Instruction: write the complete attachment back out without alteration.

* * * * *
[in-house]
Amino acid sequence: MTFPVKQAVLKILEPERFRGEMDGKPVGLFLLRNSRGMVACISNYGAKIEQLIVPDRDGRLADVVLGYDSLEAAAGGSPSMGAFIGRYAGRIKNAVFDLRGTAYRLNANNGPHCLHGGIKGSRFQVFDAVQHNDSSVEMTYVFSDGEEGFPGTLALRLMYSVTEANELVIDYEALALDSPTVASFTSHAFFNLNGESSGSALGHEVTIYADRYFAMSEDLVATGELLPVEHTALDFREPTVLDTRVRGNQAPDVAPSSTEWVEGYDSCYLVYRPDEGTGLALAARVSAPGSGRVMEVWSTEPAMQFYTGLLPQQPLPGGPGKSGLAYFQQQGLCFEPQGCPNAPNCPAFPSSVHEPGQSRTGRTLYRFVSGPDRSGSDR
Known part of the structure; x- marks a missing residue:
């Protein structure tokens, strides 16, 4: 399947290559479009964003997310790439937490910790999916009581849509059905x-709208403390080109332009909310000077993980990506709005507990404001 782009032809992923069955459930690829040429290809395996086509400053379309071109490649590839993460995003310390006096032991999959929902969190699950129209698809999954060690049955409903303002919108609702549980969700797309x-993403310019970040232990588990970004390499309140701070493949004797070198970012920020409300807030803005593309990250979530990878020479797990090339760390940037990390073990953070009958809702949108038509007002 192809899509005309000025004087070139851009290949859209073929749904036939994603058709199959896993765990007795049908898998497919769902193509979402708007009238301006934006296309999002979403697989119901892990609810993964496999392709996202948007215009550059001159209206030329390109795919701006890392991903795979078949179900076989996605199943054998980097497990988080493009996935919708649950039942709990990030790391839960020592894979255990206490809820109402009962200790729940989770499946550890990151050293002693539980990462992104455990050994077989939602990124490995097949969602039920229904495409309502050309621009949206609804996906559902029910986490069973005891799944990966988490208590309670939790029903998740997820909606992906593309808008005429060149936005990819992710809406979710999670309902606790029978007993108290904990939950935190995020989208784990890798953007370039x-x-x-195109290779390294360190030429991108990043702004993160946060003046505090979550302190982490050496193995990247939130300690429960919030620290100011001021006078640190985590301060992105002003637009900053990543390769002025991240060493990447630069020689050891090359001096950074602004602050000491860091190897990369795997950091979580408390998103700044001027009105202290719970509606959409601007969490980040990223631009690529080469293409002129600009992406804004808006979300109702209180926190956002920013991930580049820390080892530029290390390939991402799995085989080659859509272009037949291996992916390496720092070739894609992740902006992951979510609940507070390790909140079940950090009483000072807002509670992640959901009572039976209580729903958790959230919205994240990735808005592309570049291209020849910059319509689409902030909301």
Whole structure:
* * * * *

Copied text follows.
[in-house]
Amino acid sequence: MTFPVKQAVLKILEPERFRGEMDGKPVGLFLLRNSRGMVACISNYGAKIEQLIVPDRDGRLADVVLGYDSLEAAAGGSPSMGAFIGRYAGRIKNAVFDLRGTAYRLNANNGPHCLHGGIKGSRFQVFDAVQHNDSSVEMTYVFSDGEEGFPGTLALRLMYSVTEANELVIDYEALALDSPTVASFTSHAFFNLNGESSGSALGHEVTIYADRYFAMSEDLVATGELLPVEHTALDFREPTVLDTRVRGNQAPDVAPSSTEWVEGYDSCYLVYRPDEGTGLALAARVSAPGSGRVMEVWSTEPAMQFYTGLLPQQPLPGGPGKSGLAYFQQQGLCFEPQGCPNAPNCPAFPSSVHEPGQSRTGRTLYRFVSGPDRSGSDR
Known part of the structure; x- marks a missing residue:
């Protein structure tokens, strides 16, 4: 399947290559479009964003997310790439937490910790999916009581849509059905x-709208403390080109332009909310000077993980990506709005507990404001 782009032809992923069955459930690829040429290809395996086509400053379309071109490649590839993460995003310390006096032991999959929902969190699950129209698809999954060690049955409903303002919108609702549980969700797309x-993403310019970040232990588990970004390499309140701070493949004797070198970012920020409300807030803005593309990250979530990878020479797990090339760390940037990390073990953070009958809702949108038509007002 192809899509005309000025004087070139851009290949859209073929749904036939994603058709199959896993765990007795049908898998497919769902193509979402708007009238301006934006296309999002979403697989119901892990609810993964496999392709996202948007215009550059001159209206030329390109795919701006890392991903795979078949179900076989996605199943054998980097497990988080493009996935919708649950039942709990990030790391839960020592894979255990206490809820109402009962200790729940989770499946550890990151050293002693539980990462992104455990050994077989939602990124490995097949969602039920229904495409309502050309621009949206609804996906559902029910986490069973005891799944990966988490208590309670939790029903998740997820909606992906593309808008005429060149936005990819992710809406979710999670309902606790029978007993108290904990939950935190995020989208784990890798953007370039x-x-x-195109290779390294360190030429991108990043702004993160946060003046505090979550302190982490050496193995990247939130300690429960919030620290100011001021006078640190985590301060992105002003637009900053990543390769002025991240060493990447630069020689050891090359001096950074602004602050000491860091190897990369795997950091979580408390998103700044001027009105202290719970509606959409601007969490980040990223631009690529080469293409002129600009992406804004808006979300109702209180926190956002920013991930580049820390080892530029290390390939991402799995085989080659859509272009037949291996992916390496720092070739894609992740902006992951979510609940507070390790909140079940950090009483000072807002509670992640959901009572039976209580729903958790959230919205994240990735808005592309570049291209020849910059319509689409902030909301």
Whole structure: